[Dateline: New York | Author: iSeek]
Ugandan soccer player and malaria survivor Charles Ssali from Uganda was in New York on Tuesday as an Ambassador for the United Against Malaria! (UAM) campaign.
While at UNHQ, Charles, 12 years old, met with Deputy Secretary-General Asha-Rose Migiro with whom he played football for a little while, alongside a giant mosquito.
What made Charles so particularly suited to be an ambassador for UAM besides his experience with malaria: his love of football. “I love football, I hate malaria,” said Charles, which pretty much sums it up. “If you want to play football like me and win the World Gothia Youth Cup, sleep under mosquito nets to avoid suffering from malaria.”
United Against Malaria! is a joint initiative of the Roll Back Malaria Partnership (RBM), launched in 1998 by the World Health Organization (WHO), the UN Children’s Fund (UNICEF), the UN Development Programme (UNDP) and the World Bank which includes NGOs such as the Bill and Melinda Gates Foundation, the United Nations Foundation and others.
Organizers note that “By acting now, we can achieve unprecedented increases in mosquito net coverage across Africa by 2010 and save millions of lives by the next World Cup in 2014.”
Goal 6 of the Millennium Development Goals is to “Have halted by 2015 and begun to reverse the incidence of malaria and other major diseases.”
“Secretary-General BAN and the Roll Back Malaria Partnership have fixed some specific targets for 'Universal Coverage' at the end of 2010,” recalled DSG Migiro.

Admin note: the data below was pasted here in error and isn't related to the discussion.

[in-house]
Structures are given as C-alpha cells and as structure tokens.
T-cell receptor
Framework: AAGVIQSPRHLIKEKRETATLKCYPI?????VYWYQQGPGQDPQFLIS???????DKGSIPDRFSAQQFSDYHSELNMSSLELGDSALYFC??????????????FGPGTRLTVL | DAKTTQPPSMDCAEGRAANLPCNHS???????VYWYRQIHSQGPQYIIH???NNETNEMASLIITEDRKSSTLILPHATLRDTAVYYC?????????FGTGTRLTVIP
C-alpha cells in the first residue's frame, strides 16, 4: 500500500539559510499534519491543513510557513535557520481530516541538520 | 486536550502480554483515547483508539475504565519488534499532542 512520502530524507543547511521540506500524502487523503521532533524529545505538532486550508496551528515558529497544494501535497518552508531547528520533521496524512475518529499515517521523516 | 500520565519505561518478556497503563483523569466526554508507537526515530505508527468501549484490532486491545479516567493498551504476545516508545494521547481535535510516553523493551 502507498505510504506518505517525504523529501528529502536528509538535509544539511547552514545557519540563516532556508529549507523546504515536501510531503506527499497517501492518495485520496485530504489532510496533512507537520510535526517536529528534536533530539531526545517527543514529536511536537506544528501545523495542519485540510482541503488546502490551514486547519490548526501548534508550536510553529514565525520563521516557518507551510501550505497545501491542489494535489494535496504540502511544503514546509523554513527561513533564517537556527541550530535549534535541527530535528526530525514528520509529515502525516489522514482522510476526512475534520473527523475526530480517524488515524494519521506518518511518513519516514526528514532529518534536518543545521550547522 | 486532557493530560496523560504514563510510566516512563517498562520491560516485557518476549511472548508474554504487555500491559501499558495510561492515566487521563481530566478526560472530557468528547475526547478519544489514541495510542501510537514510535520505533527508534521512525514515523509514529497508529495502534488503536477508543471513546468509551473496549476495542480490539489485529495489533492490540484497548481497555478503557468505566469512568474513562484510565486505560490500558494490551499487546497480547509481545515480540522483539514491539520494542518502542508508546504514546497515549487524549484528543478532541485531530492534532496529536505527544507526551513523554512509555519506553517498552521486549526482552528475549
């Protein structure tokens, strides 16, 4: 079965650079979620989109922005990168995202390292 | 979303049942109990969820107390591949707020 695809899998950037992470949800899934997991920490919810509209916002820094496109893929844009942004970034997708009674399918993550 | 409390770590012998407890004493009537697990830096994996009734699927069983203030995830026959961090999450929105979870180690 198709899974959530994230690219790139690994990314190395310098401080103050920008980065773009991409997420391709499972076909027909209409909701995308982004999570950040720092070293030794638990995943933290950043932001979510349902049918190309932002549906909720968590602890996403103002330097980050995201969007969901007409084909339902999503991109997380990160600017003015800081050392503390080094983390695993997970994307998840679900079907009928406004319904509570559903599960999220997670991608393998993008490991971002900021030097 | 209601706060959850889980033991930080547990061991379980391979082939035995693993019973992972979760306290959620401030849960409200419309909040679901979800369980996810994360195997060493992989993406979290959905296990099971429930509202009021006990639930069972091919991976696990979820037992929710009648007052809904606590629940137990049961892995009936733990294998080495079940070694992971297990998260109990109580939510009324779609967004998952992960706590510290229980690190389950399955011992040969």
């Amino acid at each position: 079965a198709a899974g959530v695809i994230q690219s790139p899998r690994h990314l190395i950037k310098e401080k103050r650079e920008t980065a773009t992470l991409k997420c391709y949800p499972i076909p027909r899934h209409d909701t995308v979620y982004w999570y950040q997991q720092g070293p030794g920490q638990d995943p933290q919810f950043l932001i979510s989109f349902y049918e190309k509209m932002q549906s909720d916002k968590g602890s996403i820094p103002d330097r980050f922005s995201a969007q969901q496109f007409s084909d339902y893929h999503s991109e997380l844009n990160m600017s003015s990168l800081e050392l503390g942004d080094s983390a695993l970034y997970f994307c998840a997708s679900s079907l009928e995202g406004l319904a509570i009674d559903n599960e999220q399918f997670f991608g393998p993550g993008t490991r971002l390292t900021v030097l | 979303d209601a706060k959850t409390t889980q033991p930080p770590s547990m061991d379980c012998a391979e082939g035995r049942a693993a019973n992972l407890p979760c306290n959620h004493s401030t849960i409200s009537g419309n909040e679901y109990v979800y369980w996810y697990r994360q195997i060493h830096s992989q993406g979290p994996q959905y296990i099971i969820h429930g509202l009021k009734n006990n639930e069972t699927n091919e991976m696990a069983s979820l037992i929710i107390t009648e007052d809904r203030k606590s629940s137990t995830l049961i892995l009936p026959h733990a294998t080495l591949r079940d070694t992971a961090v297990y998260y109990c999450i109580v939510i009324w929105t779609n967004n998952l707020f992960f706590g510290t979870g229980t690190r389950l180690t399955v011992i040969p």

Charles Ssali suffered from malaria “as far as he can remember. […] That was in 2001 when I was 4 years old. Ever since then, my auntie always ensures that I sleep under a mosquito net. As a member of Friends of Football, every six months, we are required to take anti-malaria tablets provided by the team.”
Although he is a little shy, Charles told iSeek: “it was not at all a problem for him to share his experience. That’s what I’m here for.”
During the event, Charles and the Deputy Secretary-General spoke, together with Robert Skinner from the UN Foundation and Hervé Verhoosel from the Roll Back Malaria Partnership. On behalf of the Partnership and the Global Fund to Fight HIV, TB and Malaria, a mosquito net was given to the DSG.
Charles was in Addis-Ababa on Sunday and will be in Brussels on Monday to spread the message at the European Parliament. In the meantime, he told iSeek: “New York is great.”
More about Malaria
According to UAM, the disease kills a child in Africa every 30 seconds and nearly one million people each year. Worldwide, 3.3 billion people are at risk of malaria – that’s half of the world population. 91 percent of malaria deaths occur in Africa and 85 percent of these are children under five. In addition to the death toll, malaria contributes to the cycle of poverty and limits economic development. Malaria costs Africa at least $12 billion in lost productivity every year. Finally, 40 percent of African health expenditures are on malaria alone.
However, the disease is preventable and treatable. “For $10 or £5 you can protect a mother and child for up to five years. Simple tools like mosquito nets, effective medicines and safe indoor spraying can save lives,” says UAM.